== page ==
Beyond Sustainability: How Modern Offices Are Actually Making You Healthier
Absenteeism costs UK companies £16B per year, and most of those absences were due to mental and muscular problems rooted in work habits. The body was not meant to sit for nine hours a day hunched over a workstation, breathing recycled air, blinking in overhead fluorescent lights and a too-bright monitor.
Developers are no longer concerned with only the impact of their buildings on the environment; they are turning their focus to creating healthy environments that activate, support, soothe and stimulate creativity in the people who inhabit them.
Stephen Marks, a partner in Trowers & Hamlins’ real estate practice, said the cost of not understanding how buildings impact human health is too high.
A UK government white paper published in 2011 showed that when employees took part in wellness initiatives, absenteeism was reduced by 20%. Wellness initiatives drive an even bigger agenda: how to attract and retain talent.
We all have a choice where to work, Marks said, and most people want to work in places that can activate and connect us. He cited a study that showed 73% of Millennials are searching for social cohesion at their workplace. They long for open spaces and social amenity space, which could explain in part the stratospheric rise in co-working spaces over the last five years.
Air, light, water, nourishment, comfort, fitness and mind are the tent poles of wellness, and smart developers are approaching each principle earnestly. To ensure employees’ comfort, for instance, companies are providing ergonomic furniture, standing desks and sound insulation. To care for employees’ mental well-being, some companies are providing wellness libraries, and surveys to find out what they could be doing to improve the work environment.
Companies are also testing out biophilia — a hypothesis that states humans possess an innate desire to seek out nature and other forms of life. To stimulate that feeling, companies might have a water feature, for instance.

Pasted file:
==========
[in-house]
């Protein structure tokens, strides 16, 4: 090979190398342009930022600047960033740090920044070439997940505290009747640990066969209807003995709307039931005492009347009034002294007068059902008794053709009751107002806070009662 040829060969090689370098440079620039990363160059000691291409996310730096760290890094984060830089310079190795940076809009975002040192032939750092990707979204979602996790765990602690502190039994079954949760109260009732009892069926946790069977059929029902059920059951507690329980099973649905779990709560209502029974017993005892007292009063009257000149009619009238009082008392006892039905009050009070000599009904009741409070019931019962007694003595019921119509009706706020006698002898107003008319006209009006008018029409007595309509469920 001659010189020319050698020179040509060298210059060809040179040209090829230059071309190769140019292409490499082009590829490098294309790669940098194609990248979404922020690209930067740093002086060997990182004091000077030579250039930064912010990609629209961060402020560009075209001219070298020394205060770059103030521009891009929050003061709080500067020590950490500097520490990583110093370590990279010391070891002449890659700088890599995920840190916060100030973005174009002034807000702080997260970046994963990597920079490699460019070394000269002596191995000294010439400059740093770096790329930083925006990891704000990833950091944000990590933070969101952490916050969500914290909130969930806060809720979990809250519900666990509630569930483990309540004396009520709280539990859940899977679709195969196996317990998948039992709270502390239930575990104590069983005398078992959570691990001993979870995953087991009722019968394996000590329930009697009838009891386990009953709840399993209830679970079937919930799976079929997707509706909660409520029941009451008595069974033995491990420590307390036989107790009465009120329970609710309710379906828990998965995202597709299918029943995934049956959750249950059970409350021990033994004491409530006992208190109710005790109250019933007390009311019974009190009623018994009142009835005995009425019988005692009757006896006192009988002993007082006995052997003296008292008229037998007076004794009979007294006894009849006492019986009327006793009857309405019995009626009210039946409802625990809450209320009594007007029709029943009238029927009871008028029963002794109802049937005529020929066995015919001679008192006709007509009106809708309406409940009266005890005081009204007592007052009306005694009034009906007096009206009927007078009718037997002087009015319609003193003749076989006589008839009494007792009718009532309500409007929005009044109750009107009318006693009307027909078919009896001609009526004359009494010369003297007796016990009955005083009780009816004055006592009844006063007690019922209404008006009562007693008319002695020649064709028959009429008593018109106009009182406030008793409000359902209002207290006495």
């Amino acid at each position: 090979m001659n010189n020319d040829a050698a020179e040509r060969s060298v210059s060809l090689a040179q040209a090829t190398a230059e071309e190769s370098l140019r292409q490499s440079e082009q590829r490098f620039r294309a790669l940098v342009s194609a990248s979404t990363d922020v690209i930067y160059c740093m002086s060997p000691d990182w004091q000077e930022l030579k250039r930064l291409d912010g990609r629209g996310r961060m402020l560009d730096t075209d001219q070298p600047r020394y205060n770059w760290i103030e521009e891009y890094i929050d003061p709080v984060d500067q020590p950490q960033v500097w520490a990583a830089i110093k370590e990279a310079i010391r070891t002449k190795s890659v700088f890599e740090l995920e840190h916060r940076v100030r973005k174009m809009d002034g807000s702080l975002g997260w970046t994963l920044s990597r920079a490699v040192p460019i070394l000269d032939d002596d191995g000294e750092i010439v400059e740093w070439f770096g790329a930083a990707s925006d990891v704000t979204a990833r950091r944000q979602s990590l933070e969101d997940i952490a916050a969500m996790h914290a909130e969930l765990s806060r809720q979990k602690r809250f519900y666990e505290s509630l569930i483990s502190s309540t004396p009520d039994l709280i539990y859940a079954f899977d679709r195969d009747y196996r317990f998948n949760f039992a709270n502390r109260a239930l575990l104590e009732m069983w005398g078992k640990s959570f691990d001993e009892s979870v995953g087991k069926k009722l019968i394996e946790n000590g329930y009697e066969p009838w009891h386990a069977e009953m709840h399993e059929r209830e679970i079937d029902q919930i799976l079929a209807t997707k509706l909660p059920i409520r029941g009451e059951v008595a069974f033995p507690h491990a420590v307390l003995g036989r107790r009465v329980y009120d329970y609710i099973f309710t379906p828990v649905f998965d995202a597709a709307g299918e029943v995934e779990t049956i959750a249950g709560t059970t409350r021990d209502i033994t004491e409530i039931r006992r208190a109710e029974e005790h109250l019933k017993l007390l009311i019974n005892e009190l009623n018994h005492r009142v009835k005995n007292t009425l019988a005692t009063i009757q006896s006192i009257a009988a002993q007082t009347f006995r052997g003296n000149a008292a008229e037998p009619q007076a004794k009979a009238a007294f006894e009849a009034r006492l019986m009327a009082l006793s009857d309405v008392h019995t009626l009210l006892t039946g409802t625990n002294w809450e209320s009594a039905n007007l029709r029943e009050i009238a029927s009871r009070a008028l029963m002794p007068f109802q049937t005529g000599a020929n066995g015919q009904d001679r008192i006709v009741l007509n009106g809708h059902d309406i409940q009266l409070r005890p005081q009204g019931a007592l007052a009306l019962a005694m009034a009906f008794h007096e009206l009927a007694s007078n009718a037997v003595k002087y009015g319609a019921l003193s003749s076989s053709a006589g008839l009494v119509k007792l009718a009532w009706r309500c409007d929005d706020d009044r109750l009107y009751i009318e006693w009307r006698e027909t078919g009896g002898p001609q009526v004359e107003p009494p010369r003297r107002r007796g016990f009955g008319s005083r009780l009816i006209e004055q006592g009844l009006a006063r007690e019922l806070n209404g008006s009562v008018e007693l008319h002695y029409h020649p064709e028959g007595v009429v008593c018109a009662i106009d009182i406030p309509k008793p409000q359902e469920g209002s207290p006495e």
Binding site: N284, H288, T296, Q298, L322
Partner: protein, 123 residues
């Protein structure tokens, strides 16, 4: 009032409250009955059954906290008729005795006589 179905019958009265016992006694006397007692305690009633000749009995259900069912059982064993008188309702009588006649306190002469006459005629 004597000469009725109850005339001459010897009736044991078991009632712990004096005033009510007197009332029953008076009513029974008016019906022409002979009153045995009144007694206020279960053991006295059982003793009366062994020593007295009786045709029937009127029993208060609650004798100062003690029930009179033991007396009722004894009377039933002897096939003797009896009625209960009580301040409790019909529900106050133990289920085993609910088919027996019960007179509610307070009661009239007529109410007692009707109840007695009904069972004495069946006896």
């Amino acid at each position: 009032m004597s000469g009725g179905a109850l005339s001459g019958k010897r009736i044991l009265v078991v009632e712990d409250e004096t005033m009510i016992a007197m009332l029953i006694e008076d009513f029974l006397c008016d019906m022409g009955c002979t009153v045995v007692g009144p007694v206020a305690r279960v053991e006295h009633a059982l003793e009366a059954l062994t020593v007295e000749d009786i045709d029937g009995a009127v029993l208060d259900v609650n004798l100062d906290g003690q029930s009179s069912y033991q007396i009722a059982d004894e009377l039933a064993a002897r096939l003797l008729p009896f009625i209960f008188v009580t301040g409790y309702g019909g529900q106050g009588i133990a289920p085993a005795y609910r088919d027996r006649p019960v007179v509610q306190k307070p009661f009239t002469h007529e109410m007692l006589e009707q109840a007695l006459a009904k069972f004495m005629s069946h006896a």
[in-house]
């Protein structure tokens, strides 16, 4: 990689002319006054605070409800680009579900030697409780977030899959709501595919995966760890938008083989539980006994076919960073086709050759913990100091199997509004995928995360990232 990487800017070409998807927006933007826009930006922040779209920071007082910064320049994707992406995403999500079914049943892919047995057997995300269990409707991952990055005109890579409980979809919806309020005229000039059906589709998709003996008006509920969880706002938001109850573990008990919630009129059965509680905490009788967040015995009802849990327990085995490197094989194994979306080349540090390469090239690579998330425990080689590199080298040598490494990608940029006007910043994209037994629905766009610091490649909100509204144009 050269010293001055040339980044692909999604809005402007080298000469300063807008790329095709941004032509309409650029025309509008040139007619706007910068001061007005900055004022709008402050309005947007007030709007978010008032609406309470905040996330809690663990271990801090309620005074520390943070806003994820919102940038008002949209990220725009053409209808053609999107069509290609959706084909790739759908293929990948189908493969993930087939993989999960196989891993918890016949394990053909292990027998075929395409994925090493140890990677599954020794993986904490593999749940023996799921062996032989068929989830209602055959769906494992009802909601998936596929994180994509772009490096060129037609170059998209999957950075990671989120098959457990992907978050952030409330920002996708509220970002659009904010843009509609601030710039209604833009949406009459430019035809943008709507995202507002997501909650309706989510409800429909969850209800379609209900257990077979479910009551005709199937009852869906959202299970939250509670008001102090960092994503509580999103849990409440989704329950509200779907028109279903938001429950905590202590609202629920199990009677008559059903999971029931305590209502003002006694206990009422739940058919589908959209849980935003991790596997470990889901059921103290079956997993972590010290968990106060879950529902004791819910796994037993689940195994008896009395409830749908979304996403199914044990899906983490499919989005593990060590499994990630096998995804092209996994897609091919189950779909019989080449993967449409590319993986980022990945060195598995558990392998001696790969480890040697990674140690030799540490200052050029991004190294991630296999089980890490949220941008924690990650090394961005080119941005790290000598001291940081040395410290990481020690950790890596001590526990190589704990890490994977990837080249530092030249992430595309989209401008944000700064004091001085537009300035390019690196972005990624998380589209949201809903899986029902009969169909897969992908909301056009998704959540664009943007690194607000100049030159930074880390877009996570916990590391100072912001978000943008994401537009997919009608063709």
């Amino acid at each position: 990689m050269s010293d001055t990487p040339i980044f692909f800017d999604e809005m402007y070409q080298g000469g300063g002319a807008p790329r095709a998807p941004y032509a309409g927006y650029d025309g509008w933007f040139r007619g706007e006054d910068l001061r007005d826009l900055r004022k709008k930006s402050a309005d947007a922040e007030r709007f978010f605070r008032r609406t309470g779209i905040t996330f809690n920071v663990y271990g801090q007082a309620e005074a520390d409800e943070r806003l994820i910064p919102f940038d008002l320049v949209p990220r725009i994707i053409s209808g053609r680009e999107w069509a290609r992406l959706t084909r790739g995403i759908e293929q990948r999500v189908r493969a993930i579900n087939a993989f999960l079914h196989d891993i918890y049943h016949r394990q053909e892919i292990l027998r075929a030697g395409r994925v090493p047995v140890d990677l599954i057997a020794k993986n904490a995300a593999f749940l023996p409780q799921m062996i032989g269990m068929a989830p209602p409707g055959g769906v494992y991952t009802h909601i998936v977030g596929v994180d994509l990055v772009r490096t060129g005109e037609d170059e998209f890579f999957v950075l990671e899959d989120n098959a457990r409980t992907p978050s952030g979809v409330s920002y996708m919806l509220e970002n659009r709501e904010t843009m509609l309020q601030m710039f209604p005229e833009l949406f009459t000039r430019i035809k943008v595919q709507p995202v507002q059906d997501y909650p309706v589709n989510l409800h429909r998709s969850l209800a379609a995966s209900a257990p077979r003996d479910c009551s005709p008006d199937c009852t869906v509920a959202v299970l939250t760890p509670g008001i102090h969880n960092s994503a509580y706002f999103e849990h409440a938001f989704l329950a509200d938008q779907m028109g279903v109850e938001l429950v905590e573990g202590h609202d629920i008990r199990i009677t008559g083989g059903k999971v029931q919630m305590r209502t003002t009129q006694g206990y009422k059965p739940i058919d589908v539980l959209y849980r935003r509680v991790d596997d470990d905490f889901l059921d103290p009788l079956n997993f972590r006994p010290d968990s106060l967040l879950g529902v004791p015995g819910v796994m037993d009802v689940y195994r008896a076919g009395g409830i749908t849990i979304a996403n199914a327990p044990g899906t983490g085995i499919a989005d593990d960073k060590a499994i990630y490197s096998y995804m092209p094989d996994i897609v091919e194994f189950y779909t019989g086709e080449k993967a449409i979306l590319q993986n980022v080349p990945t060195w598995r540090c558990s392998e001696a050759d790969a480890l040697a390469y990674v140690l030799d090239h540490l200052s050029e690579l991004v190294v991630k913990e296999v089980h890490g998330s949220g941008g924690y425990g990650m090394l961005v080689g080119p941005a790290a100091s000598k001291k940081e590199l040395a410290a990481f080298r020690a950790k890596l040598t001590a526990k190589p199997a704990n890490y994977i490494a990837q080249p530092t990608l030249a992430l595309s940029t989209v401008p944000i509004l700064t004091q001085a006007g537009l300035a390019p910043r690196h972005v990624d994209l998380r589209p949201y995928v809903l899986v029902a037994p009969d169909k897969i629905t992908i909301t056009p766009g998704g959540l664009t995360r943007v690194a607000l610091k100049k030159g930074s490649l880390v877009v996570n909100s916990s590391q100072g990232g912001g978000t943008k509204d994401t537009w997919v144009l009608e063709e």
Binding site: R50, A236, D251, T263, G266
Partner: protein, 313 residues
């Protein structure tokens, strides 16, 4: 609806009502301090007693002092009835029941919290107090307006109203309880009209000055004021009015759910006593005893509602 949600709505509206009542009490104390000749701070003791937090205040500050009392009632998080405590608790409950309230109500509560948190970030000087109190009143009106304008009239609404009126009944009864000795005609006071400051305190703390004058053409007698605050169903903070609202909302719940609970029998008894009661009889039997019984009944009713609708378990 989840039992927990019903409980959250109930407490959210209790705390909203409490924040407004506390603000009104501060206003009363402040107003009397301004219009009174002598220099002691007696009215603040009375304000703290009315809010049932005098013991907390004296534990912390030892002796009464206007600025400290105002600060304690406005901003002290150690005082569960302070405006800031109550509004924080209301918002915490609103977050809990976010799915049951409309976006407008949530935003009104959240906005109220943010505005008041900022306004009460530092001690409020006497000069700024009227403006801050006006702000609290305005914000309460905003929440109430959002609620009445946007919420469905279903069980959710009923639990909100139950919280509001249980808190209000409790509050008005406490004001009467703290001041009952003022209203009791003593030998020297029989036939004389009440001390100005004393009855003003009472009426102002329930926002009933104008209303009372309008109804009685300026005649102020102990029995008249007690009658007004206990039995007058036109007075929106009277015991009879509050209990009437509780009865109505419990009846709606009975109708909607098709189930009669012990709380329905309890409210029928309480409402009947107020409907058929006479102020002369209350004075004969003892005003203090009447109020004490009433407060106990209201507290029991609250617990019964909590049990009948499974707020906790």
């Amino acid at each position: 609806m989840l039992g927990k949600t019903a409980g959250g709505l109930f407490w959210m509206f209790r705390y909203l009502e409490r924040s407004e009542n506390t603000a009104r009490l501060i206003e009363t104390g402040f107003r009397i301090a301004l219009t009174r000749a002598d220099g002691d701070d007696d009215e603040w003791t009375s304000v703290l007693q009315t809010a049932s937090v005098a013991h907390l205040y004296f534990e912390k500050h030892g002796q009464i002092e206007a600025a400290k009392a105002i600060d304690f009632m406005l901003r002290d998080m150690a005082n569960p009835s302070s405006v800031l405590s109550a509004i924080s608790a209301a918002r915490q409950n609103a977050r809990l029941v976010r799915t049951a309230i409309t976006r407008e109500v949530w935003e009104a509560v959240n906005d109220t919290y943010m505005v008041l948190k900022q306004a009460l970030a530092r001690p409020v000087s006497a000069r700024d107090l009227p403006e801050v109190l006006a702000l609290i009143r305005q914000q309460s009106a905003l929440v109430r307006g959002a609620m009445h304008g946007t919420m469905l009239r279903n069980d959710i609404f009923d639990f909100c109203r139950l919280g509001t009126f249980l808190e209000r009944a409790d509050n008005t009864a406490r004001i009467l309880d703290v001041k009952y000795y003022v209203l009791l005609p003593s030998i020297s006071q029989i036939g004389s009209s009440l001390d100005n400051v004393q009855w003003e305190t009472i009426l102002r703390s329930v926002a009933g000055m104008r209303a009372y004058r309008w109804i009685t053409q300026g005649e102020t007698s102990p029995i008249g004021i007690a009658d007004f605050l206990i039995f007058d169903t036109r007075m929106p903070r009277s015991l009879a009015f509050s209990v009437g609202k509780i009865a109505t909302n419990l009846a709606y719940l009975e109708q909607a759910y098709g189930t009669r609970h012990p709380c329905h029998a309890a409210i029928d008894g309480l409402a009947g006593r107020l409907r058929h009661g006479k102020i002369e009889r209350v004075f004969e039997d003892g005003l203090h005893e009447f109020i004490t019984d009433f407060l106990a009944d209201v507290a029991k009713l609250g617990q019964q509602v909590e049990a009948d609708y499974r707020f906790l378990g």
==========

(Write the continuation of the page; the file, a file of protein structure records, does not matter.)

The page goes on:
Every detail of the corporate world is now subject to re-examination — what chemicals are in the cleaning materials, whether there is a filter on the vacuum cleaner, whether the water has been surveyed for chemicals. Some companies have gone farther and installed lighting systems that adjust to circadian rhythms.
Air freshening systems and water fresh as an Alpine stream are undeniably attractive traits in a building, but the cost is exorbitant. Marks said developers approach wellness initiatives more readily than occupiers. The CRE industry is leading by example, Marks said. He points to The Edge building in Amsterdam, the cleanest, greenest building in the world, and CBRE’s building in Los Angeles, the first building to ever achieve WELL Building Certification.
CRE companies are also acutely aware of the embedded cost, or the cost of the consequences if you do not spend the money. Employers will not attract the best talent, and companies risk looking out of touch. Most offices these days at least have a few plants and energy-efficient lightbulbs. Those meagre steps toward wellness and efficiency are the grudging acquiescence to the fact that the tide is changing.
Investors are keen to have buildings in their portfolio that are BREEAM and LEED certified, and most councils in the UK will not grant planning permission for a new building that does not strive for an excellent rating. Marks said that in the EU by 2023, it will be possible for tenants to legally terminate leases in buildings with less than a G rating.
BREEAM, Leed and now the WELL building standard do have measurable benefits, Marks said. A study found that buildings rated ‘excellent’ by BREEAM had six fewer sick days on average than buildings that were not certified excellent — and those buildings could charge higher rent.
Delos is now moving into certifying hotels. “More is required from offices because you go there every day, but hotels still have vast opportunity to tap into the wellness movement,” Marks said, noting that Marriott has already introduced its own certification program at its hotels.
Certifying hotels might be slower going because there are more barriers to entry. In urban locations, where most business hotels are located, the buildings are older with shallow floor plates and some have tall staircases; it could be physically difficult to do a complete refurbishment in order to achieve a high WELL building rating. But with hotels being an extension of the workplace, employees will soon expect the same well-being initatives there that they experience at the office.